The flight and expulsion of so many millions of Germans from the territories East of the Oder and Neisse rivers, and from the Sudetenland and Southeast Europe, cannot be appreciated as a historical event by means of cold statistics. The fate of each individual person must be kept in mind. The victims of the expulsion were people no different from us. They suffered and starved as individual human beings, not nameless subtotals in some statistical column. They were victims just like the Polish officers in the Katyn Forest, or the gypsies liquidated by Nazi hit squads, or the Jews murdered at Auschwitz. For those affected—no matter whether Pole, gypsy, Jew or German—being a victim meant that their personal existence was extinguished, often under circumstances of unbearable torment. All fell victim to injustices that can never be redressed.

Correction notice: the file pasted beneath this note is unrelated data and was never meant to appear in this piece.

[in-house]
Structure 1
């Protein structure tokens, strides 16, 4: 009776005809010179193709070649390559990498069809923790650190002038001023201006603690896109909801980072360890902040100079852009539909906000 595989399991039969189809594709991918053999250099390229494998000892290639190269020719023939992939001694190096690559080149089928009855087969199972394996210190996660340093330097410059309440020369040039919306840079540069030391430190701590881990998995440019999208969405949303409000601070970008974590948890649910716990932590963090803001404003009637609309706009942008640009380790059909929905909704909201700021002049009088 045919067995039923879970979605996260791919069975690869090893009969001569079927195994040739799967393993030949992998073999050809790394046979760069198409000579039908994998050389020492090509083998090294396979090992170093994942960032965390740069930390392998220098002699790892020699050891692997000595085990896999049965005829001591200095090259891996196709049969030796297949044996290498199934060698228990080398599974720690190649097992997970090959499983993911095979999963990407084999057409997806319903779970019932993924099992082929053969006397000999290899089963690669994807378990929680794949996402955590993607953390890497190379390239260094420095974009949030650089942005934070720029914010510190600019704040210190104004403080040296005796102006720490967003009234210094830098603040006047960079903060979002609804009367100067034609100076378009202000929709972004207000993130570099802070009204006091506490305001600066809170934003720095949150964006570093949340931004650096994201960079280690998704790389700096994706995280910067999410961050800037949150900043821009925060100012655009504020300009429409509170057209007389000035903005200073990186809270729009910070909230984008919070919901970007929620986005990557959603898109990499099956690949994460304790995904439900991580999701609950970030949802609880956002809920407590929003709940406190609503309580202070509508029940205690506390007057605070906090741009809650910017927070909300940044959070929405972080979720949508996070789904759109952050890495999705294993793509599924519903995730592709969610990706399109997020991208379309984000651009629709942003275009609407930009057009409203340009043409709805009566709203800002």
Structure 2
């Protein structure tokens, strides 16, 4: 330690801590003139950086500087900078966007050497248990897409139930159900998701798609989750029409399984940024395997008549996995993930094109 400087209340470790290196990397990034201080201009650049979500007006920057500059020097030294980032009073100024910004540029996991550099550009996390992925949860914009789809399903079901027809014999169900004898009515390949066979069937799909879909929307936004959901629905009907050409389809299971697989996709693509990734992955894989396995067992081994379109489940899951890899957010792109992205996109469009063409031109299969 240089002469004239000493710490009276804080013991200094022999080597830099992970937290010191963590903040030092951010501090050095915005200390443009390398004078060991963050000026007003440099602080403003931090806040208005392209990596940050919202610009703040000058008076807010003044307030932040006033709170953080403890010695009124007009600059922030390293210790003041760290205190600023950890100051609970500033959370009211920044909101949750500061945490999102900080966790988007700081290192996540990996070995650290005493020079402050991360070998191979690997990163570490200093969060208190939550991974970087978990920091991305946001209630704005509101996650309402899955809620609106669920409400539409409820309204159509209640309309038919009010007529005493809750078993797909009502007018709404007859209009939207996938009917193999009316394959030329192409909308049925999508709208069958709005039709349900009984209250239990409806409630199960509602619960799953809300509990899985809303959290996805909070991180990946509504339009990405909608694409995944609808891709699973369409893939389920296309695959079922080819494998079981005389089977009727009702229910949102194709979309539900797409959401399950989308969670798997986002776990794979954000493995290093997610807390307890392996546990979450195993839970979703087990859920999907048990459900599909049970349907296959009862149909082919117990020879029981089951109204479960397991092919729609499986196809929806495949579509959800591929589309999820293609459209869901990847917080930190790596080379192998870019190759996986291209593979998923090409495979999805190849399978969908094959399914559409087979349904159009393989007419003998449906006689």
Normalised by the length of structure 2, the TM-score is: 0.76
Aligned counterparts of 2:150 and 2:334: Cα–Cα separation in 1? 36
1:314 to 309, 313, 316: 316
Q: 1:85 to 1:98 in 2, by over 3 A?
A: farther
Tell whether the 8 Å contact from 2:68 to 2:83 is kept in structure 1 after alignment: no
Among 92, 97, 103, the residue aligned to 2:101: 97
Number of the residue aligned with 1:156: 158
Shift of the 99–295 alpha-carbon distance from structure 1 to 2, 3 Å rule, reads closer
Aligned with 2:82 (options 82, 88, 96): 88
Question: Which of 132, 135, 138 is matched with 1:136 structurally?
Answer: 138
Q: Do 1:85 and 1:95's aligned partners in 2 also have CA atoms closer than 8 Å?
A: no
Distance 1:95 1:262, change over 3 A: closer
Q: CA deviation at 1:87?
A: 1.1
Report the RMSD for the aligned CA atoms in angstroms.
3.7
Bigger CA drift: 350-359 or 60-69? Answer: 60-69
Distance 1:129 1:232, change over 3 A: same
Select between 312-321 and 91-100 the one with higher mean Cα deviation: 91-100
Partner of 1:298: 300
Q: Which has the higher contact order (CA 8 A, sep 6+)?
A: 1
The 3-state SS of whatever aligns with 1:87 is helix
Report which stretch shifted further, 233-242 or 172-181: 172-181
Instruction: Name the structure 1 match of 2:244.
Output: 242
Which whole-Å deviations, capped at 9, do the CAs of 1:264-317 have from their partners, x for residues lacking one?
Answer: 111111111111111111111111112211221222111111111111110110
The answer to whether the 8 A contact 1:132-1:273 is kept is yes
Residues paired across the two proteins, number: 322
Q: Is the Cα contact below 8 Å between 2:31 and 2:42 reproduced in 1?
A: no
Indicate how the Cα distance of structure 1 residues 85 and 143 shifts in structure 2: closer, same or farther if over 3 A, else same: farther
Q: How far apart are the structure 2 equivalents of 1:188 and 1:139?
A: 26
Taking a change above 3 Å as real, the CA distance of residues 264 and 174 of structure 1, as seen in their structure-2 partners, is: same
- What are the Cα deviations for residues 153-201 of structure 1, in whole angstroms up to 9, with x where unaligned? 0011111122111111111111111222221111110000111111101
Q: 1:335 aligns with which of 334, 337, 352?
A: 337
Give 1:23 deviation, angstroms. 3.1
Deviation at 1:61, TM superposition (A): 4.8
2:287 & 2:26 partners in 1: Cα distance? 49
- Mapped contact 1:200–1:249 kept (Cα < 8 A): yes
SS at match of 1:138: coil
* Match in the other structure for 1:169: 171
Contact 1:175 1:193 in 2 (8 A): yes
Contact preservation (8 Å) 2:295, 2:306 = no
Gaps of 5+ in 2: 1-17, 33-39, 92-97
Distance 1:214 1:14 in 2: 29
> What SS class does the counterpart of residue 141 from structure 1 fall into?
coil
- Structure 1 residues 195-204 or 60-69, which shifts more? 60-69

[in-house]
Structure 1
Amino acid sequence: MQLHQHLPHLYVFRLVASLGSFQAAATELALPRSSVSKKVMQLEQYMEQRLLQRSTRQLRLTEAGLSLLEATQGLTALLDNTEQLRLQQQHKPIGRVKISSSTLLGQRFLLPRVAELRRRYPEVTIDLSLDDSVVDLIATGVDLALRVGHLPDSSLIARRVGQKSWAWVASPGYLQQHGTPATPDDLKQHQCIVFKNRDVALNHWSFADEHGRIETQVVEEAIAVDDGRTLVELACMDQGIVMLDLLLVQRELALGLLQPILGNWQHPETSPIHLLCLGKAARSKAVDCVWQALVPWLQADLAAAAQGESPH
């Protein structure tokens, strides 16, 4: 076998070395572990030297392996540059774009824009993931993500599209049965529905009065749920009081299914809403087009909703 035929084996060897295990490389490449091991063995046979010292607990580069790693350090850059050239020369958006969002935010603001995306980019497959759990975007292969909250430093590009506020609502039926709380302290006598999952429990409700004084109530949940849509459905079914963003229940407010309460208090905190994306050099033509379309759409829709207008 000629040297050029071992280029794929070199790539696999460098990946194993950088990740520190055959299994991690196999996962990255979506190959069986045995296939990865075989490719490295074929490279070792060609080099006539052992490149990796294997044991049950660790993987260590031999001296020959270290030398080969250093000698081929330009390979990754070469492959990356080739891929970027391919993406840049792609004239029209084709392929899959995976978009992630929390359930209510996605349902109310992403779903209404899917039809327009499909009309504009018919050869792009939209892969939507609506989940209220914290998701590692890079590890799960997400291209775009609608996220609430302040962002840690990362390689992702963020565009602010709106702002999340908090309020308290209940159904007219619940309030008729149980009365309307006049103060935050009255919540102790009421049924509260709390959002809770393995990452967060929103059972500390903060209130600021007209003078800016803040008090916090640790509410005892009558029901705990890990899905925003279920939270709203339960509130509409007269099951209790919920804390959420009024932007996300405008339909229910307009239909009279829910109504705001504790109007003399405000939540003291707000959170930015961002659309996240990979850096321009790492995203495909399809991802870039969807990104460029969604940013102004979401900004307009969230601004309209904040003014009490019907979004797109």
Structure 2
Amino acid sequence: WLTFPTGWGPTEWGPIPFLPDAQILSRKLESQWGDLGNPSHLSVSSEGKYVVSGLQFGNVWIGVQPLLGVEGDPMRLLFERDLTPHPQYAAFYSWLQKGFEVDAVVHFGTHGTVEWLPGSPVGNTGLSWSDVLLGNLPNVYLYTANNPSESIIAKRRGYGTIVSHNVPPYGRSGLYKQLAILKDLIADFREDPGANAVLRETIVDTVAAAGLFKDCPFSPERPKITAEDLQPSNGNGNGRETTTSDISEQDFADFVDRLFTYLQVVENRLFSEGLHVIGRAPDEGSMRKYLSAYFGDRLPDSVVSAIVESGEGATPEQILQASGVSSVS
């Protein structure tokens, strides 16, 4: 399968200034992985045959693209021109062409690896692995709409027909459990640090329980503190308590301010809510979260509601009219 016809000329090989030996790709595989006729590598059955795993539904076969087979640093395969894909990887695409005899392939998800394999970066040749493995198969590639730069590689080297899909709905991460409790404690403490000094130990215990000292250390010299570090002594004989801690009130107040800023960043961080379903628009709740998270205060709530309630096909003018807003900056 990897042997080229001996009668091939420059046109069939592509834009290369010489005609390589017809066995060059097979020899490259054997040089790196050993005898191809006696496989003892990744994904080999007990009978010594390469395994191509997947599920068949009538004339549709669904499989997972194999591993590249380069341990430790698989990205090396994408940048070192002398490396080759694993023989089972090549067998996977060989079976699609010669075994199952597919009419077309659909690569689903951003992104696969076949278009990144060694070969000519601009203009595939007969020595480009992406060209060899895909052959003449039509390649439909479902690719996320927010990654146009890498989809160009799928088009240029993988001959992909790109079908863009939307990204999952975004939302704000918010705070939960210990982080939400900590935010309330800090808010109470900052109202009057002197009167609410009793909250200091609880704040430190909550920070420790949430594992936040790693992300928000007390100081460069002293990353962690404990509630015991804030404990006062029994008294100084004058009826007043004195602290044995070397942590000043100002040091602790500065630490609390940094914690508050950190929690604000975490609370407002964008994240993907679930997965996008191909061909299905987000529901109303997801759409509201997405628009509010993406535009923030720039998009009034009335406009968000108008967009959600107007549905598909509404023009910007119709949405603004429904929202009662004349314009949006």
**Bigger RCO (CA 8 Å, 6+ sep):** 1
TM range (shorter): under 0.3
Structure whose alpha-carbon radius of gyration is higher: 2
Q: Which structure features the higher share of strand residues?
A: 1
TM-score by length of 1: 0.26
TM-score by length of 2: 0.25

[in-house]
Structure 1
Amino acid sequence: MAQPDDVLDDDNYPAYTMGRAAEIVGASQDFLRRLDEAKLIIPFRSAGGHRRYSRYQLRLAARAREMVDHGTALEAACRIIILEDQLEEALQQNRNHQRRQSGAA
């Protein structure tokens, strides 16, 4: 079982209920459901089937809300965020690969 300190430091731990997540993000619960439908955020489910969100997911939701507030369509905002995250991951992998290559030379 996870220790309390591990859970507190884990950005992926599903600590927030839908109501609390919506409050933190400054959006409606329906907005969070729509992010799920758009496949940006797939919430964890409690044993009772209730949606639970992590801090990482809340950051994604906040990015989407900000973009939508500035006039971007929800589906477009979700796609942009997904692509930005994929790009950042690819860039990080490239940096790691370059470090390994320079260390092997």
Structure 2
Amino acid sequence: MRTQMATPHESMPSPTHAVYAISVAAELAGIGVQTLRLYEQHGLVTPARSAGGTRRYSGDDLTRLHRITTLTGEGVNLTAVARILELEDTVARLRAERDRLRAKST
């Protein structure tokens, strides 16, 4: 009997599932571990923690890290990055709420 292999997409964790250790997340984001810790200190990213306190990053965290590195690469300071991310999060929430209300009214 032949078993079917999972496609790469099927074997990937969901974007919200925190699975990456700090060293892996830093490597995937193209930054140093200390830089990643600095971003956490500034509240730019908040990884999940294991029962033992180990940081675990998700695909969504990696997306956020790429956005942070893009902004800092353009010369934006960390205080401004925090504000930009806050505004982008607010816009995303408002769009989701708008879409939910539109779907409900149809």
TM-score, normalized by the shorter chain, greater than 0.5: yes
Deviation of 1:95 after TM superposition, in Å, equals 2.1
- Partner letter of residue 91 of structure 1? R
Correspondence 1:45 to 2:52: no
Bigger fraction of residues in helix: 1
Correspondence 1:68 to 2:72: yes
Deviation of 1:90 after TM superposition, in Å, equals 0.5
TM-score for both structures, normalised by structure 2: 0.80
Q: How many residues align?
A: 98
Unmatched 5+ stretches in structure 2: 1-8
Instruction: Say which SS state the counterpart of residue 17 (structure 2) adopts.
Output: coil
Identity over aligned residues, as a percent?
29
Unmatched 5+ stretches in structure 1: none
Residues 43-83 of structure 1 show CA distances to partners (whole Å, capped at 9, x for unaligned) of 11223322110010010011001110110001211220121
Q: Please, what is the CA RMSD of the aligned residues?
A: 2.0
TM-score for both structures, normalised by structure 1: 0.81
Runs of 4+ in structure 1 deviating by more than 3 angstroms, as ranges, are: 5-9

KeywordsPolish Officer Armed Conflict German Experience Persons Belonging Warsaw Pact
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- 1.Albert Schweitzer. Das Problem des Friedens in der heutigen Welt (Munich, 1954), p. 6.Google Scholar